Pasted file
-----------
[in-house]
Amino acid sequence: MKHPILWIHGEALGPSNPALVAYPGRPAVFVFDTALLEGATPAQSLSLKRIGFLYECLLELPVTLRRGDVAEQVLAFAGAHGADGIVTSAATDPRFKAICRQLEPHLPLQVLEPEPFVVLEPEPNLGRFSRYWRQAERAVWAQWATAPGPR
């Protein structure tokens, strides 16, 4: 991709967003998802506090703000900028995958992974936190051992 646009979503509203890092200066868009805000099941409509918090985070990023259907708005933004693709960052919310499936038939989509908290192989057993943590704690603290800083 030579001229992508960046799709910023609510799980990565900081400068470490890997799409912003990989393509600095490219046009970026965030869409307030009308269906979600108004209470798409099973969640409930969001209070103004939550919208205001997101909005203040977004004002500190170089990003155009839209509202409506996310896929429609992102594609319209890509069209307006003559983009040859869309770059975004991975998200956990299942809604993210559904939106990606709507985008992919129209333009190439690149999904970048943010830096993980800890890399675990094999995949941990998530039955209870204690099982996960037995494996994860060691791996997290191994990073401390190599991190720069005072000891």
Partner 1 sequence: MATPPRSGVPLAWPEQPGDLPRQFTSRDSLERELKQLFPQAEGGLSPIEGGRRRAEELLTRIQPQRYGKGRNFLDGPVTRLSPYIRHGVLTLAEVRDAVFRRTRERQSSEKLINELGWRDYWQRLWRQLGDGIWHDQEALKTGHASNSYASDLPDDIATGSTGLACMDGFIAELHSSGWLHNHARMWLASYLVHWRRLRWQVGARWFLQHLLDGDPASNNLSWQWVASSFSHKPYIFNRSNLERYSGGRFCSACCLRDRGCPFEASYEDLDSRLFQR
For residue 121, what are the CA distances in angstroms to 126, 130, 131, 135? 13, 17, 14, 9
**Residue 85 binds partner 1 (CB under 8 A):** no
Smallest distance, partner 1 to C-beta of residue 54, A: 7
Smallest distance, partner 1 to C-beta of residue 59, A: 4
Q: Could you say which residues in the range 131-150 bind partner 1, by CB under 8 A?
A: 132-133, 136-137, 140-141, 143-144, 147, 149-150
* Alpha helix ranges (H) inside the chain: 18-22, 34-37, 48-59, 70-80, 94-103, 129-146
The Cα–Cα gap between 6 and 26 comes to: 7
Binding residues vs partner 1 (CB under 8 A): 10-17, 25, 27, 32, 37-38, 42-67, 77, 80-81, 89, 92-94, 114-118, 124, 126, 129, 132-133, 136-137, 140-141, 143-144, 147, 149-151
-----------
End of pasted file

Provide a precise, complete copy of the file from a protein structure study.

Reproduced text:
[in-house]
Amino acid sequence: MKHPILWIHGEALGPSNPALVAYPGRPAVFVFDTALLEGATPAQSLSLKRIGFLYECLLELPVTLRRGDVAEQVLAFAGAHGADGIVTSAATDPRFKAICRQLEPHLPLQVLEPEPFVVLEPEPNLGRFSRYWRQAERAVWAQWATAPGPR
């Protein structure tokens, strides 16, 4: 991709967003998802506090703000900028995958992974936190051992 646009979503509203890092200066868009805000099941409509918090985070990023259907708005933004693709960052919310499936038939989509908290192989057993943590704690603290800083 030579001229992508960046799709910023609510799980990565900081400068470490890997799409912003990989393509600095490219046009970026965030869409307030009308269906979600108004209470798409099973969640409930969001209070103004939550919208205001997101909005203040977004004002500190170089990003155009839209509202409506996310896929429609992102594609319209890509069209307006003559983009040859869309770059975004991975998200956990299942809604993210559904939106990606709507985008992919129209333009190439690149999904970048943010830096993980800890890399675990094999995949941990998530039955209870204690099982996960037995494996994860060691791996997290191994990073401390190599991190720069005072000891």
Partner 1 sequence: MATPPRSGVPLAWPEQPGDLPRQFTSRDSLERELKQLFPQAEGGLSPIEGGRRRAEELLTRIQPQRYGKGRNFLDGPVTRLSPYIRHGVLTLAEVRDAVFRRTRERQSSEKLINELGWRDYWQRLWRQLGDGIWHDQEALKTGHASNSYASDLPDDIATGSTGLACMDGFIAELHSSGWLHNHARMWLASYLVHWRRLRWQVGARWFLQHLLDGDPASNNLSWQWVASSFSHKPYIFNRSNLERYSGGRFCSACCLRDRGCPFEASYEDLDSRLFQR
For residue 121, what are the CA distances in angstroms to 126, 130, 131, 135? 13, 17, 14, 9
**Residue 85 binds partner 1 (CB under 8 A):** no
Smallest distance, partner 1 to C-beta of residue 54, A: 7
Smallest distance, partner 1 to C-beta of residue 59, A: 4
Q: Could you say which residues in the range 131-150 bind partner 1, by CB under 8 A?
A: 132-133, 136-137, 140-141, 143-144, 147, 149-150
* Alpha helix ranges (H) inside the chain: 18-22, 34-37, 48-59, 70-80, 94-103, 129-146
The Cα–Cα gap between 6 and 26 comes to: 7
Binding residues vs partner 1 (CB under 8 A): 10-17, 25, 27, 32, 37-38, 42-67, 77, 80-81, 89, 92-94, 114-118, 124, 126, 129, 132-133, 136-137, 140-141, 143-144, 147, 149-151